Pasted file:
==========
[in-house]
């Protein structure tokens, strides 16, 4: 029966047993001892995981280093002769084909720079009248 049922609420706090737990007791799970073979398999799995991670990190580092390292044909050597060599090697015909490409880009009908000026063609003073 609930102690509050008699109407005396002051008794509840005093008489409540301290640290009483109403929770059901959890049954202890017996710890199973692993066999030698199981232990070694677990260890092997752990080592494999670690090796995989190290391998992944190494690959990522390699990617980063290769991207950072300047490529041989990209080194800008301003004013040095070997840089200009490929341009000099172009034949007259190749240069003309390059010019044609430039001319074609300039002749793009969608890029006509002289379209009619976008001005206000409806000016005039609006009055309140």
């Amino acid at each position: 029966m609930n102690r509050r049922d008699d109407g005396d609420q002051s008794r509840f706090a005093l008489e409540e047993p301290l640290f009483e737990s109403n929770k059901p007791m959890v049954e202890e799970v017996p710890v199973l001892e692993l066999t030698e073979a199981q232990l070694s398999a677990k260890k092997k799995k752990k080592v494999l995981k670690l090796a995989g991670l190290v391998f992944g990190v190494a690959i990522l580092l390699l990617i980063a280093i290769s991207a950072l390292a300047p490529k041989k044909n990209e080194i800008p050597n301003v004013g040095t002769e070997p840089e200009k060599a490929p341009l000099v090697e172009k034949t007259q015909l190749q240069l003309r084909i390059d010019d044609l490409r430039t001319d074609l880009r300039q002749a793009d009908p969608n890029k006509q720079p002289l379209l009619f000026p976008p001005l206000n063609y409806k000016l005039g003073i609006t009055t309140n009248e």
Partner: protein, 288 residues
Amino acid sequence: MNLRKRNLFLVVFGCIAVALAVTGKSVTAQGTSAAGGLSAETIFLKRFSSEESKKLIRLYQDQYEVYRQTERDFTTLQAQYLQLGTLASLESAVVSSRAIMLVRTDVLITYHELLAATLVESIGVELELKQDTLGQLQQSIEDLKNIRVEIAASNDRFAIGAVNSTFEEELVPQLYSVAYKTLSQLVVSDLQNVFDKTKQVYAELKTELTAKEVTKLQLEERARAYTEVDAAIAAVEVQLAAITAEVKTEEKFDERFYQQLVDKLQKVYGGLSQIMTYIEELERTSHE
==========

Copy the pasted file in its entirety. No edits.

[in-house]
């Protein structure tokens, strides 16, 4: 029966047993001892995981280093002769084909720079009248 049922609420706090737990007791799970073979398999799995991670990190580092390292044909050597060599090697015909490409880009009908000026063609003073 609930102690509050008699109407005396002051008794509840005093008489409540301290640290009483109403929770059901959890049954202890017996710890199973692993066999030698199981232990070694677990260890092997752990080592494999670690090796995989190290391998992944190494690959990522390699990617980063290769991207950072300047490529041989990209080194800008301003004013040095070997840089200009490929341009000099172009034949007259190749240069003309390059010019044609430039001319074609300039002749793009969608890029006509002289379209009619976008001005206000409806000016005039609006009055309140």
């Amino acid at each position: 029966m609930n102690r509050r049922d008699d109407g005396d609420q002051s008794r509840f706090a005093l008489e409540e047993p301290l640290f009483e737990s109403n929770k059901p007791m959890v049954e202890e799970v017996p710890v199973l001892e692993l066999t030698e073979a199981q232990l070694s398999a677990k260890k092997k799995k752990k080592v494999l995981k670690l090796a995989g991670l190290v391998f992944g990190v190494a690959i990522l580092l390699l990617i980063a280093i290769s991207a950072l390292a300047p490529k041989k044909n990209e080194i800008p050597n301003v004013g040095t002769e070997p840089e200009k060599a490929p341009l000099v090697e172009k034949t007259q015909l190749q240069l003309r084909i390059d010019d044609l490409r430039t001319d074609l880009r300039q002749a793009d009908p969608n890029k006509q720079p002289l379209l009619f000026p976008p001005l206000n063609y409806k000016l005039g003073i609006t009055t309140n009248e």
Partner: protein, 288 residues
Amino acid sequence: MNLRKRNLFLVVFGCIAVALAVTGKSVTAQGTSAAGGLSAETIFLKRFSSEESKKLIRLYQDQYEVYRQTERDFTTLQAQYLQLGTLASLESAVVSSRAIMLVRTDVLITYHELLAATLVESIGVELELKQDTLGQLQQSIEDLKNIRVEIAASNDRFAIGAVNSTFEEELVPQLYSVAYKTLSQLVVSDLQNVFDKTKQVYAELKTELTAKEVTKLQLEERARAYTEVDAAIAAVEVQLAAITAEVKTEEKFDERFYQQLVDKLQKVYGGLSQIMTYIEELERTSHE